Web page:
Performance review: Ryoji Ikeda at the Barbican

 

Ryoji Ikeda was back at the Barbican for a dual show. Both parts contrasting but complimentary of the work of the groundbreaking Japanese audiovisual composer. Ikeda has been exploring the intricacies of our digital age from the core of both data and coding, in electronic audiovisual artworks that have been blurring conceptions of art and digital sciences.

Ikeda was presenting a new version of his 2008 datamatics,  datamatics [ver 2.0]. A post-postmodern, post-minimalist reinterpreting the mirage of data that surrounds us. And 10 years forward, nowadays it seems more relevant than ever. Variations of his fascinating view on DNA sequences and gene mapping, cosmology and physics. The elements are essential minimal but they for complex patterns in 2d that transmutate into dramatic rotating 3D structures. The new final scenes the imagery is based on a four-dimensional processing. The sonification of the data brings another tangible level of the experience, with the vibrations of bass notes and a timbral spectrum of clicks and bleeps. A constant flow of information relentlessly advancing and mutating to an oppressive but at the same time digitally tantric experience.

 

Datamatics [ver2.0] was preceded by music for percussion,  a collaboration between Ikeda and the Swiss collective Eklekto and premiered in 2016.  It finds Ikeda moving away from the complexities of electronic and new media, to an exploration of a more raw sound. In Body Music is a rhythmic pattern is created by two seated performers clapping and using their heels. In Metal Music III four percussionists produce droney sounds using cymbal’s surfaces. For the ones who are used to his usual electronics compositions that were quite a contraposing show but sides complementing each other and with a common narrative, bringing the qualities of the artist in using all kind of techniques, again as he said in 2006: “post-postmodern, post-minimalism, after everything“.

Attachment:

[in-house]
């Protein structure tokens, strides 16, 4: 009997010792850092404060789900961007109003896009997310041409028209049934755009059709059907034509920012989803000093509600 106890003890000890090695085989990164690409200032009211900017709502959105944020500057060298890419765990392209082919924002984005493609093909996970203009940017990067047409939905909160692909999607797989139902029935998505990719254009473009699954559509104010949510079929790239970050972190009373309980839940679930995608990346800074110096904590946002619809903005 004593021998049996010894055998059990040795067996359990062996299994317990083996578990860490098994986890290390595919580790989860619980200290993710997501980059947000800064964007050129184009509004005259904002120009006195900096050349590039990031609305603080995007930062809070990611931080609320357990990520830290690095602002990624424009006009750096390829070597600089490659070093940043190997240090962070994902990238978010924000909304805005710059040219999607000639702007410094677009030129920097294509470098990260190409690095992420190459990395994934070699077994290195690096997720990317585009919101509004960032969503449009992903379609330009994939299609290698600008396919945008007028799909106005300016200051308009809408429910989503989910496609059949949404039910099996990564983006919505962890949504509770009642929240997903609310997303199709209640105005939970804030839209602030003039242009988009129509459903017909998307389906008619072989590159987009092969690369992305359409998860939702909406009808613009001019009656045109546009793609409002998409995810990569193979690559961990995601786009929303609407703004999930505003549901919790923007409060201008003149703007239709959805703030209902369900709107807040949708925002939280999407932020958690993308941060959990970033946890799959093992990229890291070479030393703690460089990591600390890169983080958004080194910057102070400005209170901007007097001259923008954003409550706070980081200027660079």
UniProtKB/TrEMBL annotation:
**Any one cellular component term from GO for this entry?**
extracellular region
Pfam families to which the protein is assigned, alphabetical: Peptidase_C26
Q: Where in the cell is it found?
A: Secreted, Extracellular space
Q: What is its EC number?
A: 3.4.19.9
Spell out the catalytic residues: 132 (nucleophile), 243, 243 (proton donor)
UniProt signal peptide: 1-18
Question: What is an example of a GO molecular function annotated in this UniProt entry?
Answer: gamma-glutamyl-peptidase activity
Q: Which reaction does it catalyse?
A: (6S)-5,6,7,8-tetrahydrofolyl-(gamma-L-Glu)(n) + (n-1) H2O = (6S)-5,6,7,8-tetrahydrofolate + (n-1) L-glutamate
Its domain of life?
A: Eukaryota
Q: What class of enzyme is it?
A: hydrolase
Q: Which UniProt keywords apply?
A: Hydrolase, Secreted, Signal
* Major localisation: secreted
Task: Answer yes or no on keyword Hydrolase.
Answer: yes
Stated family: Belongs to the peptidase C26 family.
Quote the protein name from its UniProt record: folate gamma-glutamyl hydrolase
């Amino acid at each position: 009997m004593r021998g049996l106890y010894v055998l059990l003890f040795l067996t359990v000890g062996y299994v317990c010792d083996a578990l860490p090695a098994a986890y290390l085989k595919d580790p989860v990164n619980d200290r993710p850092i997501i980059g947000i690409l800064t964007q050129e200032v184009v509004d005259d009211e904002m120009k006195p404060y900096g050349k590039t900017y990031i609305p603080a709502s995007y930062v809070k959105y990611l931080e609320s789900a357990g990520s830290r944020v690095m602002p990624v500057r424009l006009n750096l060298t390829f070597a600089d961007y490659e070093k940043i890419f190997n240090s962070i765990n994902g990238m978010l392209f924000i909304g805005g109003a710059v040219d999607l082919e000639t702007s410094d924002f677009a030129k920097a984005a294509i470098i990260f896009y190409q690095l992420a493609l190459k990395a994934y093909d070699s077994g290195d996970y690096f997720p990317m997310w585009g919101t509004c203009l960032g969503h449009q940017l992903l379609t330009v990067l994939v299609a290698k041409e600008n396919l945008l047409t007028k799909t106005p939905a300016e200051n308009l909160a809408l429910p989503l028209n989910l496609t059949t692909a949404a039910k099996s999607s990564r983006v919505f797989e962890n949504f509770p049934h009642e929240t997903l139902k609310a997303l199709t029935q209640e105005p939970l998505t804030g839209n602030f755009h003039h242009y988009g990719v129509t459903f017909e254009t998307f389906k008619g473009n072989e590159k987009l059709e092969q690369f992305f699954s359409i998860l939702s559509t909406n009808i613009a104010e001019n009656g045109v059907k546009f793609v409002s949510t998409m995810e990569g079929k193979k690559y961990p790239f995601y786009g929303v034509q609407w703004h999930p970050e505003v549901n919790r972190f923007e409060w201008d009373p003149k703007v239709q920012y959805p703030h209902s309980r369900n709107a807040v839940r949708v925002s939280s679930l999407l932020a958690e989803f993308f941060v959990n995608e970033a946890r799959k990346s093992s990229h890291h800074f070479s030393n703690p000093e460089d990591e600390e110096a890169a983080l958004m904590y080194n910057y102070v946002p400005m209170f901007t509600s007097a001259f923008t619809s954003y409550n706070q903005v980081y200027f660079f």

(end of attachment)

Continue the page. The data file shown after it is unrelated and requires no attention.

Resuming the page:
Text by CLOT Magazine (Twitter @clotmagazine)

 

(All pictures courtesy of the Barbican)
21 Oct 2018